That’s toxic masculinity and an unevolved way of thinking about gender through sexual empowerment. Consent is sexy. Mutual respect is sexy. Commitment is sexy. Honesty is sexy. Communication is sexy.

They don’t teach you this in religious places that seek to repress, shame and dissuade people so that they end up getting arrested for getting freaky filming a three-some with sex workers in church. The act itself bothers me less than the hypocrisy of it all.

I was treated differently in that position of power. I liked it. I got to be a slacker like Mark Zuckerberg showing up in a hoodie or Anthony Bourdain in a jean jacket, and be treated with professionalism, and commanding the same level of respect in a dress. You understand double standards and how unfair it is, but you appreciate the power of doing both. When I removed the labels and didn’t have the support of an outlet that I felt untethered, when I was not believed about the things I saw and knew. The perception of everyone else was off and I wasn’t sure my own sense of self without my career, community or love life. Possessions to remind me of a sense of home.

So I started thinking about my identity, sexuality and origins. I asked other people. I thought about my lesbian friends dealing with double misogyny through the male gaze. Trans men, in particularly, made me to rethink gender and queerness simply because of our connection through our assigned births and rejecting that notion.

I’m not “a man-hating feminist”! Because I never was. That’s the misconstruing of feminism. I love trans men as a cis heteroflexible woman. Trans women often have to deal with relinquishing male privilege and having to adapt to the same constraints that have always confounded women about their bodies. Trans men are interesting to me, because gaining acceptance as equals with men and a different passing dilemma.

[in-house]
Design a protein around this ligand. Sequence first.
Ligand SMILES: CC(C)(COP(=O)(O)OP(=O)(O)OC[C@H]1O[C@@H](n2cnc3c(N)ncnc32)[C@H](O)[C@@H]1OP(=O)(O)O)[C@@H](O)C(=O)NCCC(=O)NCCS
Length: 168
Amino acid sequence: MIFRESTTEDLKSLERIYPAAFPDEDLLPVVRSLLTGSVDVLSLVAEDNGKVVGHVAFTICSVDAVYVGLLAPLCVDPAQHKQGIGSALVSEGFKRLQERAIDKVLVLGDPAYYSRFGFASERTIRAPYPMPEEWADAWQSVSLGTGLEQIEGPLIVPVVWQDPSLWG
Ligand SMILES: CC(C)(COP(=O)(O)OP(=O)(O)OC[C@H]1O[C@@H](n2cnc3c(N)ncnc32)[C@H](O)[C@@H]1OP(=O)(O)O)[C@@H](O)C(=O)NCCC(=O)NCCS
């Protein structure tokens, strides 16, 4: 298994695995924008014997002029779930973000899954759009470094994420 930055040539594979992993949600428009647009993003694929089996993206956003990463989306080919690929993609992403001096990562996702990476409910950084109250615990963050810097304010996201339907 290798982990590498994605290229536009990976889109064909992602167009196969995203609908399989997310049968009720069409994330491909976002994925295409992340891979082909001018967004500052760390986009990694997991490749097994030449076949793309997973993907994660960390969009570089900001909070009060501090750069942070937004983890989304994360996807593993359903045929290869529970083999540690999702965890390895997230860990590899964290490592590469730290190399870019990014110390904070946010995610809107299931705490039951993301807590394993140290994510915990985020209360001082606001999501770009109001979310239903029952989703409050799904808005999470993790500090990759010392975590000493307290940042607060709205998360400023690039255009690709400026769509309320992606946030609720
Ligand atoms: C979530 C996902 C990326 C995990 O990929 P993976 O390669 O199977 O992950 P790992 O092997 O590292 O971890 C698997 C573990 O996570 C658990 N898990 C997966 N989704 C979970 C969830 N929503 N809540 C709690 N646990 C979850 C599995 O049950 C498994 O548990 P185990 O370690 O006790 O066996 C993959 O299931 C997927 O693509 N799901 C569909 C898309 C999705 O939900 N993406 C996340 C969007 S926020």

I am not an expert in trans issues, but LGBTQIA+ kids still experience homelessness because they’re rejected by their families. That’s how they end up in cities where no one gives a shit because this is also where people openly shoot up heroin so who gives a fuck about your gender? The fact trans kids are gaining acceptance in suburbs is a beautiful thing. Then everyone can just succeed and fail at life and love equally.

I understand the value now of joining the Trannabis movement as an ally, and carving a space and niche within the cannabis movement as becomes mainstream. It made me understand that exist on a spectrum that should be for everyone, because LGBTQIA+ = Lesbian, Gay, Bisexual, Transgender, AND ALSO Queer/Questioning, Intersex, Asexual + any other ally. How humanistic is that?

It just took another white Jewish trans man to help me get it. Someone who was “like me,” but different. Frankly, I think “everyone’s a little gay” because all of us have masculine and feminine qualities within us on the spectrum. Like different pieces of a recipe. Yin and yang! That’s why we’re all connected! We’re all on the spectrum of that rainbow, that includes all colors as part of the human race. It’s actually the most beautiful metaphor ever to recognize our differences and what brings us together. A ha!

To that point, Jews don’t have white saviorism complexes. It’s not a bad thing! It’s a different perspective from the mainstream that values “saviorism” through an ideology expecting it to be a man.

So my conspiracy theory is this: If the second coming of Christ was a woman or a trans man, then you no longer would have to be worried about abortion preventing the possible return of the messiah. Because it would have happened. We could no longer use religion in the name of persecution. We could listen to women, allow them to make choices over their own bodies because pregnancy can kill you, stop blaming Mary and our mothers, accept the matriarchy to balance the patriarchy. We could repair ancestral trauma caused by the damage of this toxic ideology. If you’re intersectional, then you leave room at the table. Problem solved.

If men embrace the matriarchy as intersectional feminists, then we are all equal. Some of us will be workers and are fine with that, and some of us will be great thinkers. We all offer strengths and bring different ideas to the table. That doesn’t eradicate anything.

Men, who want to be caretakers, could stop being judged for playing an empathetic, supportive role, embracing their feminine side, and be trusted with more shared household responsibilities instead of supreme dominance. Or they could retain their masculinity, because no one is asking that you sacrifice it. Just stop using it in ignorance to dominate or own others. Get therapy. That doesn’t make you obsolete or useless, it makes you powerful because you’re evolved and useful. That’s the privilege.